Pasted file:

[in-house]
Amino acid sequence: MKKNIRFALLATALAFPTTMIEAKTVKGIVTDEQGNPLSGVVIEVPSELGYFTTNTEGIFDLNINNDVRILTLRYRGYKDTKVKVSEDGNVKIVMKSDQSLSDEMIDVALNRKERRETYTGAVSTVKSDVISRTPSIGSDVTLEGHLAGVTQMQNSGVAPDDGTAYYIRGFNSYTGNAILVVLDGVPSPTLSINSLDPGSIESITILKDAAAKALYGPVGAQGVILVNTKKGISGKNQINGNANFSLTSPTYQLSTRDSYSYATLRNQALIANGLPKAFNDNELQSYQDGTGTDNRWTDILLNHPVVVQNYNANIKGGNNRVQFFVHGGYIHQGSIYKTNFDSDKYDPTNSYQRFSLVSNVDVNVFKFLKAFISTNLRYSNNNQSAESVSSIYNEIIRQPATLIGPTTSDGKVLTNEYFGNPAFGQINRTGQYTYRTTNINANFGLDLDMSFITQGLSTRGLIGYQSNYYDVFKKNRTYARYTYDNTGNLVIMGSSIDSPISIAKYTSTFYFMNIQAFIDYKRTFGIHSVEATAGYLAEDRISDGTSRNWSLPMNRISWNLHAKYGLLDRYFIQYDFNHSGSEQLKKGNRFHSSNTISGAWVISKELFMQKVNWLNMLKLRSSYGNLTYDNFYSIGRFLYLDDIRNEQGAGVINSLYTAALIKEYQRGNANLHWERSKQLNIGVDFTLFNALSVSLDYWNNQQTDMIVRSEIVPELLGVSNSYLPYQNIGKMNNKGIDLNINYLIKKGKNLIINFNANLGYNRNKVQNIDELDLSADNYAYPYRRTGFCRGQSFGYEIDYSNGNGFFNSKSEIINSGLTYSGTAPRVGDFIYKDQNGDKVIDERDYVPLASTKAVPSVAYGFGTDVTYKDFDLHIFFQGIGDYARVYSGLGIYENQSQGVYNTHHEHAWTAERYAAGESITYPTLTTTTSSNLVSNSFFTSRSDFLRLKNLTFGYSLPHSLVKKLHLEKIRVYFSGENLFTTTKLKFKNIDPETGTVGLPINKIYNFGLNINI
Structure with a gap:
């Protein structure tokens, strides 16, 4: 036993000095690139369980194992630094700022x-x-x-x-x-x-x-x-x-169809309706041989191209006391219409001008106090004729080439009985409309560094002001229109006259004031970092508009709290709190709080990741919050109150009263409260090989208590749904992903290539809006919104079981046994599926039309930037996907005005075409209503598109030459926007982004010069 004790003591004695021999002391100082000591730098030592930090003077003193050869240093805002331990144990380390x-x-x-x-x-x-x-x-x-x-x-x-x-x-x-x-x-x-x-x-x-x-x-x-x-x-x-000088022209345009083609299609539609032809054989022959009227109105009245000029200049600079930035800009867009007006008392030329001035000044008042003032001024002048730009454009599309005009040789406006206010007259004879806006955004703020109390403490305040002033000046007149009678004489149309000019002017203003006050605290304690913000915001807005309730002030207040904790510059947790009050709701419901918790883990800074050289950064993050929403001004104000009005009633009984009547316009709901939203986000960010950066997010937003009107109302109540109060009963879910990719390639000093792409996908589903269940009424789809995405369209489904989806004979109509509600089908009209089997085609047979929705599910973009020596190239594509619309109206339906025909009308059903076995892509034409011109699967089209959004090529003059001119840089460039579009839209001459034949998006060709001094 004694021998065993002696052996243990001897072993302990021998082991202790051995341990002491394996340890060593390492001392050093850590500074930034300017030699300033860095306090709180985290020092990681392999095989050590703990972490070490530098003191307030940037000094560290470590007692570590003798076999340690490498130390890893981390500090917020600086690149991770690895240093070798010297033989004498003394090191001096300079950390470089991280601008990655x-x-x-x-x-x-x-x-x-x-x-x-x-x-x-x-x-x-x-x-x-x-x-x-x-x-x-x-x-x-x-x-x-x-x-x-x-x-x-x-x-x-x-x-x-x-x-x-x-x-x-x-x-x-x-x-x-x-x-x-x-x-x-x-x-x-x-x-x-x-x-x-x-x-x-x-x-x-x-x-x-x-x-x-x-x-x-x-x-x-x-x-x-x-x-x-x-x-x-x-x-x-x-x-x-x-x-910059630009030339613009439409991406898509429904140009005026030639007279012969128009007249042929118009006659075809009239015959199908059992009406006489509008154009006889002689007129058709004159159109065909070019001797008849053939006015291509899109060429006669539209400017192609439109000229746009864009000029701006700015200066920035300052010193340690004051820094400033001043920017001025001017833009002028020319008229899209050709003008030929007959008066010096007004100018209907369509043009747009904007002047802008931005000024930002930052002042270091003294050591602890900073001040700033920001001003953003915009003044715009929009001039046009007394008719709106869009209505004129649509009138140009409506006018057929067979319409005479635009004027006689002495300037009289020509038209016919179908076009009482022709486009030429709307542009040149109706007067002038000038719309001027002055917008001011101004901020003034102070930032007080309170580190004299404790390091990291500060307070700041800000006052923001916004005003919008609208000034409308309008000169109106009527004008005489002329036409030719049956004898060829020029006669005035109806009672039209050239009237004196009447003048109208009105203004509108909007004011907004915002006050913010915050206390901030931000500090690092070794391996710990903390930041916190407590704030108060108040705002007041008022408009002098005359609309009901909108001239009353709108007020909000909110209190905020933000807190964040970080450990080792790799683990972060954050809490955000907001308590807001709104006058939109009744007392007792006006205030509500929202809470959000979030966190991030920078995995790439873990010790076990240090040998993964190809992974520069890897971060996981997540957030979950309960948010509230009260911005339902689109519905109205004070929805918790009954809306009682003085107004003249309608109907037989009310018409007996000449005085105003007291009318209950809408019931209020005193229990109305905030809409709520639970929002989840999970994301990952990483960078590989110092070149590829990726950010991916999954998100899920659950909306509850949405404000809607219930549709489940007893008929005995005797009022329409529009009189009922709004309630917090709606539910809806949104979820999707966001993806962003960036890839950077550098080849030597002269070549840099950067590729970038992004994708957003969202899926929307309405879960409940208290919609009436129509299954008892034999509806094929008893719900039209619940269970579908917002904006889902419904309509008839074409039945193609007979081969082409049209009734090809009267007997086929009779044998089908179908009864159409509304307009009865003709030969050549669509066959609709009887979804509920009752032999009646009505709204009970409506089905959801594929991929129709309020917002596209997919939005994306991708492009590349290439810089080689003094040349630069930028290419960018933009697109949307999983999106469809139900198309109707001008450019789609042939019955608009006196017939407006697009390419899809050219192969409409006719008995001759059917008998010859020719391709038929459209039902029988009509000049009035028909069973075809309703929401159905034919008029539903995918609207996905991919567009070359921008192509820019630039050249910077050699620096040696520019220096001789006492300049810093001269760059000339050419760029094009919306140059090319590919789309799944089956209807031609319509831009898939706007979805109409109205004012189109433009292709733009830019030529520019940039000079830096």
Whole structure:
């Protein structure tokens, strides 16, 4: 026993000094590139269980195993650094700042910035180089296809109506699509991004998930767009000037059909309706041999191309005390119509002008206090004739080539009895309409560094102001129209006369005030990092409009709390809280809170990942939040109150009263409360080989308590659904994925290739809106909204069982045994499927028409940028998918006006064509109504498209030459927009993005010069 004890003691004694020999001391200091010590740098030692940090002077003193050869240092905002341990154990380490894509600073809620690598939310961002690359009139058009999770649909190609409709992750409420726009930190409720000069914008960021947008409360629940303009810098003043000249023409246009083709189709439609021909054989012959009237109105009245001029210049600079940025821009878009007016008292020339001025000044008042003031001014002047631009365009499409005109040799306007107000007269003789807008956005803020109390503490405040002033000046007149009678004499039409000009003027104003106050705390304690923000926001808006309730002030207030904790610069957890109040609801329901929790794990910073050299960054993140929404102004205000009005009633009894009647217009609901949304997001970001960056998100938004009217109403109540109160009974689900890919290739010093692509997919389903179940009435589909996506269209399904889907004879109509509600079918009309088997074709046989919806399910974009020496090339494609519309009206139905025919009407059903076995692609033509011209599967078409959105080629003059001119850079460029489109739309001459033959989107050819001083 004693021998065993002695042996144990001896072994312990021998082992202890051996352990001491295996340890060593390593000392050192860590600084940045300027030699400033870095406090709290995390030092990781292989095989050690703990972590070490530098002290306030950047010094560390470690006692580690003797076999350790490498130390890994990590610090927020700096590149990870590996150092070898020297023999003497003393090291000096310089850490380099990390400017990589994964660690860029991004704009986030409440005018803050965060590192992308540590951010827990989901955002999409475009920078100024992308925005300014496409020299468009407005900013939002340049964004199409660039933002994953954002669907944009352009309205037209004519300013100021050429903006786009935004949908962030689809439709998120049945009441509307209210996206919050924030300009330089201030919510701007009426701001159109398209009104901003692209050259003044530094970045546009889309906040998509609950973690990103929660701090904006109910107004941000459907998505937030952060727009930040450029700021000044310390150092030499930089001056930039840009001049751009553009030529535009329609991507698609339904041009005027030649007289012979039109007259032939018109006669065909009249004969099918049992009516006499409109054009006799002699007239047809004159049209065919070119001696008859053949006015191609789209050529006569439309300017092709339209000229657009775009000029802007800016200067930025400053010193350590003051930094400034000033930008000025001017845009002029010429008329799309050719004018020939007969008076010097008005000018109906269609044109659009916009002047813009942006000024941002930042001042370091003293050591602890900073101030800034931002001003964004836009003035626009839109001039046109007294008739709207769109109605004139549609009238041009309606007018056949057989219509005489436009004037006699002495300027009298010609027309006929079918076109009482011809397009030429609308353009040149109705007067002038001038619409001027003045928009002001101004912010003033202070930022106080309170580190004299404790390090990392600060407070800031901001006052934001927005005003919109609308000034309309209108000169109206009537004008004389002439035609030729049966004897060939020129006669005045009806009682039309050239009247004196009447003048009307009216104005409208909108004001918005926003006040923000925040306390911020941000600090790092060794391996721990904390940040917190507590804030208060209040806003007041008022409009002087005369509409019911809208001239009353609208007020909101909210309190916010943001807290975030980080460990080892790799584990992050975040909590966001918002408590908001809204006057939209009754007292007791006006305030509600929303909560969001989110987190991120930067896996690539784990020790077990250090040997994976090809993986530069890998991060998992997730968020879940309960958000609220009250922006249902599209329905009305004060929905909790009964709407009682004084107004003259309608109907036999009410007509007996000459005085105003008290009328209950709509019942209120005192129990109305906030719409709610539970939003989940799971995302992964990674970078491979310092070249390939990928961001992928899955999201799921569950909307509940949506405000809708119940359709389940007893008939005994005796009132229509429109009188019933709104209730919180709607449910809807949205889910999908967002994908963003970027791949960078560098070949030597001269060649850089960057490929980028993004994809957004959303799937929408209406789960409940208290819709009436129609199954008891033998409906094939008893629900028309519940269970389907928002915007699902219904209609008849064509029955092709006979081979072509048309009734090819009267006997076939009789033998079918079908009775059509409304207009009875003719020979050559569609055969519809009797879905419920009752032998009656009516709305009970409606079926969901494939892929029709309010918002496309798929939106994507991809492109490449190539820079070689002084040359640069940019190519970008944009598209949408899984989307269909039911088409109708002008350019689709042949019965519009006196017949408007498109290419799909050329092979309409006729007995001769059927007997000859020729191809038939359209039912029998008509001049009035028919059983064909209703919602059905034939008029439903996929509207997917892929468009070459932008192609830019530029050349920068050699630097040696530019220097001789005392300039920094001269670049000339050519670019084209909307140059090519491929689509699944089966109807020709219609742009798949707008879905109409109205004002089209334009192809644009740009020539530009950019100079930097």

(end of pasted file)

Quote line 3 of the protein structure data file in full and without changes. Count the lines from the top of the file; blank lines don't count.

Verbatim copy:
Structure with a gap: